When reviewing a long-running shounen series, it becomes difficult to keep saying new things. The characters don't change much from one volume to the next and the forward motion of the plot is often incremental. So without going through the plot point-by-point, what can you say about a story like this? Its simplicity is its strength. Lovable characters, fun art, and great dialogue keep something like this alive. Inoue provides plenty of that in Slam Dunk, and this volume is no different from the first two - in all the right ways.
March 2009 Archives
OK, I’m three chapters into RE5. Here are a few thoughts.
1. I have no problem with the controls. I am quite good with them and I’m having a lot of fun with the game.
2. I like that you and your partner have to open doors together. You never get the “I was about to get that ammo!” problem.
3. I don’t like that there’s no way to completely pause in Co-Op. There should be a way to completely pause in case, say, your wife’s UPS starts beeping loudly and she needs help right then. Who can play a game for that long without having to put it down?
4. The whole co-op thing is fabulous. I adore it. This is a LOT of fun so far.
PS. Sorry I haven’t been updating this, I’ll explain why in the coming week or two.
That’s what Shin-Chan is all about: buttcrack, balls, and honor. Honor and a penis.
Oh, you’re still here? Good! Then Shin-Chan might just be for you. The incredibly dirty reimagining of this anime isn’t for everyone—especially kids, and most of all anime purists.
The Shin-Chan we see here in America is not the same long-running show that Japanese viewers enjoy, but instead a ground-up reworking with an entirely new script and characters. It’s akin to how Takeshi’s Castle was ground up and spit out by Spike TV as Most Extreme Elimination Challenge. The only thing intact is the animation. The weird thing? It works.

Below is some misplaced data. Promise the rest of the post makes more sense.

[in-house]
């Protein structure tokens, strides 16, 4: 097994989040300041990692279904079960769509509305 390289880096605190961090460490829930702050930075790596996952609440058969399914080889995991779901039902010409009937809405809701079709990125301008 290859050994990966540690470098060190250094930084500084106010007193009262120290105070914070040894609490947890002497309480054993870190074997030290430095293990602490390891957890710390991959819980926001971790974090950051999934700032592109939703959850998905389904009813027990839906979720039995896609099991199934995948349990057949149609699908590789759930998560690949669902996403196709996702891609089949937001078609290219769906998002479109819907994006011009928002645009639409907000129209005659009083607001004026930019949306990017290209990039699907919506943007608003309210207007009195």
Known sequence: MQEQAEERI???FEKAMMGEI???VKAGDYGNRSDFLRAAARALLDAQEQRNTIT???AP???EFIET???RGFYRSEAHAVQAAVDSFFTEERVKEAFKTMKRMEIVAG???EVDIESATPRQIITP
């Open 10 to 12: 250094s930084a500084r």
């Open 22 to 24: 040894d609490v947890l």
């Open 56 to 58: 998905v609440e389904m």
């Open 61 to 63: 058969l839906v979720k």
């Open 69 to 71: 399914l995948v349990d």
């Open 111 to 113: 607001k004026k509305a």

There's a moment in this volume of Eden when a character is killed. After flipping desperately through the book to see if they could've possibly made it out okay, I had to put down the book and choke back tears. I hardly realized it as it happened, but more than perhaps any character--anywhere, really--I'd grown attached.
Despite what the lines that make up the gorgeous art of Eden might suggest, nothing is black and white in the world Elijah Ballard lives in. There aren't many heroes, and very few people - hero or not - last long. Even with this seemingly blatant disregard for human life, death is not something taken lightly, either. Fortunately, for every time we have to say goodbye, there are a few new faces around the corner.
If you try to tell someone about Berserk, it’s easy to make it sounds like a mindlessly violent piece of popcorn-gore. This is not the story of a man with a giant sword slicing through everything in his path. It only looks that way at first. Watching the show, though, makes it quickly apparent that the violence is secondary—a result of the story and the characters—rather than the focus. Those characters are the real focus of the show, and they are what make Berserk stand the test of time.